Justice Minister Zbigniew Ziobro said earlier that he would formally ask the Ministry of Family on Monday to start preparations for Poland's exit from the convention, an initiative of the Council of Europe, the continent's leading human rights organization. It was not clear when an official withdrawal notice would be filed.
Ziobro argued last week that the convention includes provisions of an “ideological character” that his ministry does not agree with. He insisted Poland’s own legislation protects women and children against violence to an even higher degree than the convention.
Council of Europe Secretary General Marija Pejcinovic Buric has said Poland's intentions to withdraw from the convention are “alarming” and encouraged a “constructive dialogue” to clarify any misunderstandings.
"Leaving the Istanbul Convention would be highly regrettable and a major step backwards in the protection of women against violence in Europe,” Pejcinovic Buric tweeted Sunday.
Government critics expressed outrage on social media, saying the right-wing government of the conservative Law and Justice party was ready to sacrifice women’s safety for its own views based on Roman Catholic traditions.
Warsaw's liberal mayor, Rafal Trzaskowski, runner-up in the recent presidential election, on Monday called attempts to leave to convention a “scandal,” saying that all political forces should work together to fight domestic violence.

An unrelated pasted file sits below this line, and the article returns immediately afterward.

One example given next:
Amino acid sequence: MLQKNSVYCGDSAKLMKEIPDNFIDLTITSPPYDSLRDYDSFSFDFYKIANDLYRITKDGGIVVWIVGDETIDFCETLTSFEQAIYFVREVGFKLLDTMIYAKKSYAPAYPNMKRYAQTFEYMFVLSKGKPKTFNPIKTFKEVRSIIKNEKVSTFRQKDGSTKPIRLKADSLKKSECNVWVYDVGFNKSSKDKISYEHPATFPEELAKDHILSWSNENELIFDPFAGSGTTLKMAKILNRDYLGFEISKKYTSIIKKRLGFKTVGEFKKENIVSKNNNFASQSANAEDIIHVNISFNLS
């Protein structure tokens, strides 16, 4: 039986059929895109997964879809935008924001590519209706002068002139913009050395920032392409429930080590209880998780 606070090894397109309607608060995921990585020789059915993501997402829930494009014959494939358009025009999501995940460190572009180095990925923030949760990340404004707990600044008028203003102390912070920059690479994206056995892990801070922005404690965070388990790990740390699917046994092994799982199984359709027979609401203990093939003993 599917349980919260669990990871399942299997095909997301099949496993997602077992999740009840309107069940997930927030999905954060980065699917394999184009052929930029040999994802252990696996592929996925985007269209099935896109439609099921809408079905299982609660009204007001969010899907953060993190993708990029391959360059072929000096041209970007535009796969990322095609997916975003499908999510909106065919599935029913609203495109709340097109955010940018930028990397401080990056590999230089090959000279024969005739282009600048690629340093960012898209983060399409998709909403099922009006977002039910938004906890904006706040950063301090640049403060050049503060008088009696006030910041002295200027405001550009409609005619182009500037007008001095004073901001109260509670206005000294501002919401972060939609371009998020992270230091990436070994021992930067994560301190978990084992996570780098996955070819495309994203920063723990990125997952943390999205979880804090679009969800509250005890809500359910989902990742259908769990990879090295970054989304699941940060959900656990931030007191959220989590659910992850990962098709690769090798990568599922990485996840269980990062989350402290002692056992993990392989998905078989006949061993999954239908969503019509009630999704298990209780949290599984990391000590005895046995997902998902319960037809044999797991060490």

Last week, thousands protested the government's plan in rallies across Poland.
Deputy Justice Minister Michal Wojcik, however, said that while the ministry agreed with the convention regarding the protection of victims of violence, there was “no consent to ideology” regarding the concept of gender as a social construct.
“There is no third sex, there is only a man and a woman,” Wojcik said.
The deputy spokesman for the ruling party, Radoslaw Fogiel, said on public-service broadcaster Polish Radio 24 that the government was analyzing the convention but had not yet made its final decision regarding the withdrawal.
Poland's previous, liberal government ratified the convention in 2015, shortly before the current administration took office after winning parliamentary elections on promises of expanding social welfare.
The treaty formally named the Council of Europe Convention on preventing and combating violence against women and domestic violence is based on the premise that women are targeted with violence just because they are women. It states that men and women have equal rights and obliges state authorities to take steps to prevent violence against women, protect victims and prosecute perpetrators.
Another point in the convention that has been questioned by Poland’s government says that “culture, custom, religion, tradition or so-called ‘honor’ shall not be regarded as justification” for acts of violence covered in the treaty. In the government's interpretation, that amounts to making a link between religion and violence.
The convention, which came into force in 2014, has been signed by 45 European countries and the European Union, but 10 countries — including Britain, Hungary and the Czech Republic — and the EU have yet to ratify it.